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How Exhaust Air Jacks Work


Other Uses for Exhaust Air Jacks
Michaela Kindle

Air jacks were first invented for and used by extreme off-roaders. When a 4x4 is miles from civilization and gets a flat on a rock-strewn incline, a regular jack just isn't going to work. To make matters worse, you're going to have a real problem getting a tow truck out there -- if you can get cell phone reception to call for help in the first place. But tough, inflatable exhaust jacks could get a truck lifted and a tire off the ground anywhere, no matter the surface or the angle of the ground where the vehicle is sitting.

The gadgets that got off-roaders out of trouble now have uses beyond motorists stranded on the side of the highway with a flat tire. Cars stuck in snow, mud, sand or any other surface where tires are spinning instead of grabbing traction can be rescued by using an exhaust air jack rather than waiting for assistance. Drivers in colder climates can avoid getting stranded in inclement weather by using them to quickly install snow chains for extra traction, but keep in mind that snow chains can severely limit the car's maximum speed and fuel efficiency. If you're towing something in a trailer, you can use them to stabilize the cargo in your trailer. Even farmers in tractors stuck out in the back forty can use exhaust air jacks to free themselves and continue working.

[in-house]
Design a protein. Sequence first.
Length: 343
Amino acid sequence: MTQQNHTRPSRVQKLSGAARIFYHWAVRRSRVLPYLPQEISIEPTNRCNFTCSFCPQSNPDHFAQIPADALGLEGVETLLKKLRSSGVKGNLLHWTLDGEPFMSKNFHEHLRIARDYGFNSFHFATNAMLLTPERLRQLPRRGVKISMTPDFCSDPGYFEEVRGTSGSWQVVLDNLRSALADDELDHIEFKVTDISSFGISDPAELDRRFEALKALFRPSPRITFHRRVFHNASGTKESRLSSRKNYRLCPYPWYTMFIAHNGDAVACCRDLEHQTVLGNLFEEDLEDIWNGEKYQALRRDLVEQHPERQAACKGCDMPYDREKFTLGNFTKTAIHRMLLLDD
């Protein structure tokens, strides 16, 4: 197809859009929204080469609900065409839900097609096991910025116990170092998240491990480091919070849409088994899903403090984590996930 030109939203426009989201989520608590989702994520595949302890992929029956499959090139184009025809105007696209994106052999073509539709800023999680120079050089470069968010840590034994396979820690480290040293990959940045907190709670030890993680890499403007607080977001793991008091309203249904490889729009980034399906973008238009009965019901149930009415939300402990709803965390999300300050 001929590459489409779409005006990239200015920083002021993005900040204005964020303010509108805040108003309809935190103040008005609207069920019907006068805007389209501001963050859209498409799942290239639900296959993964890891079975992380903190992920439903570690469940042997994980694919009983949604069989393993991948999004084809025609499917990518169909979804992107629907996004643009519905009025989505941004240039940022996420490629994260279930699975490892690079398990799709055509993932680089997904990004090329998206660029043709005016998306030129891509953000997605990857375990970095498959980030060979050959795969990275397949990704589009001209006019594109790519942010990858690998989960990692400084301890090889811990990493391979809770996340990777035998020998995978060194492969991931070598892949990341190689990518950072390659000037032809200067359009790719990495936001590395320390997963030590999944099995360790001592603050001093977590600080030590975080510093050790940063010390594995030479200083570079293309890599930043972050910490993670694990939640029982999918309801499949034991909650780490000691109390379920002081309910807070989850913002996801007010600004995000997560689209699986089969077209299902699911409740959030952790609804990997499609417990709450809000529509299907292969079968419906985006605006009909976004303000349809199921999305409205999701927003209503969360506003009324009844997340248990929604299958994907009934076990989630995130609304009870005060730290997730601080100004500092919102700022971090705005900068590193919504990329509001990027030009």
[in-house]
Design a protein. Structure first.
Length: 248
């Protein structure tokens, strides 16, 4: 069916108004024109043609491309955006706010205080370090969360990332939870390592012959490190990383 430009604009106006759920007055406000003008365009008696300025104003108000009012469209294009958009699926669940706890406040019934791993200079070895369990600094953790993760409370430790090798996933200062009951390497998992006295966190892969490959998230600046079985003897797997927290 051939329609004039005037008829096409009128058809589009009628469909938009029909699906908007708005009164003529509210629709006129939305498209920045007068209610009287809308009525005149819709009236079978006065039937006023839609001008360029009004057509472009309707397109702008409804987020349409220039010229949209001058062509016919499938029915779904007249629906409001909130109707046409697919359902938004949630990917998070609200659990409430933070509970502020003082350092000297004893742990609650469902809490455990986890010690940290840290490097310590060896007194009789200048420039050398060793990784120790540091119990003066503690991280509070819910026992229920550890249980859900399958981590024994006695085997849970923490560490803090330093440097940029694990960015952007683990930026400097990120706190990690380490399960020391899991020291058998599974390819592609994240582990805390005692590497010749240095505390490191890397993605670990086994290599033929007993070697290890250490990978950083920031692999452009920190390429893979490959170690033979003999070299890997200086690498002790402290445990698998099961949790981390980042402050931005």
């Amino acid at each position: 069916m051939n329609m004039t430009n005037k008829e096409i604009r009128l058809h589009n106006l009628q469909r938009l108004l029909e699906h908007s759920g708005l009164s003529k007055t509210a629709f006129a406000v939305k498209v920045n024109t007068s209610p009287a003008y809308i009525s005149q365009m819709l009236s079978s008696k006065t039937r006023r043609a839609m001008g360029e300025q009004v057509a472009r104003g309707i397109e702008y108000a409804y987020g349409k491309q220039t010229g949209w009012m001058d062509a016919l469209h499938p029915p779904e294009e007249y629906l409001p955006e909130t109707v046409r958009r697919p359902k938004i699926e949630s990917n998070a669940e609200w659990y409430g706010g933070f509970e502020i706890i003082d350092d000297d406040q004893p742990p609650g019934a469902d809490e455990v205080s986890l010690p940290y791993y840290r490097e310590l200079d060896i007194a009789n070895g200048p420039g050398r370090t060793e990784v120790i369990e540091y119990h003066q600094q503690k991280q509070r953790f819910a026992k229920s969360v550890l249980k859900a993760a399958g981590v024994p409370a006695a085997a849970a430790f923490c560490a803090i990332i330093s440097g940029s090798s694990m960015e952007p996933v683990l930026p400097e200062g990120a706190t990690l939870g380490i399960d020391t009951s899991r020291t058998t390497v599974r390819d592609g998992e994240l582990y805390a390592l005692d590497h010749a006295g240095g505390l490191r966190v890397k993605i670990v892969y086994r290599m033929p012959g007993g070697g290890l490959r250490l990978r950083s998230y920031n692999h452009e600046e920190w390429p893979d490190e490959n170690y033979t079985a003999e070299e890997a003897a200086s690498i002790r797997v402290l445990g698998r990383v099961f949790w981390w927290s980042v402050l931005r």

­In addition, if you can use these air jacks to change tires, rotating them can be less of a chore (though those stubborn lug nuts are still up to you). As long as you have a running engine with an exhaust pipe and space for the bag under the frame, you'll have a way to use an exhaust air jack.

To learn more about exhaust air jacks and other automotive gadgets, please see the links on the next page.


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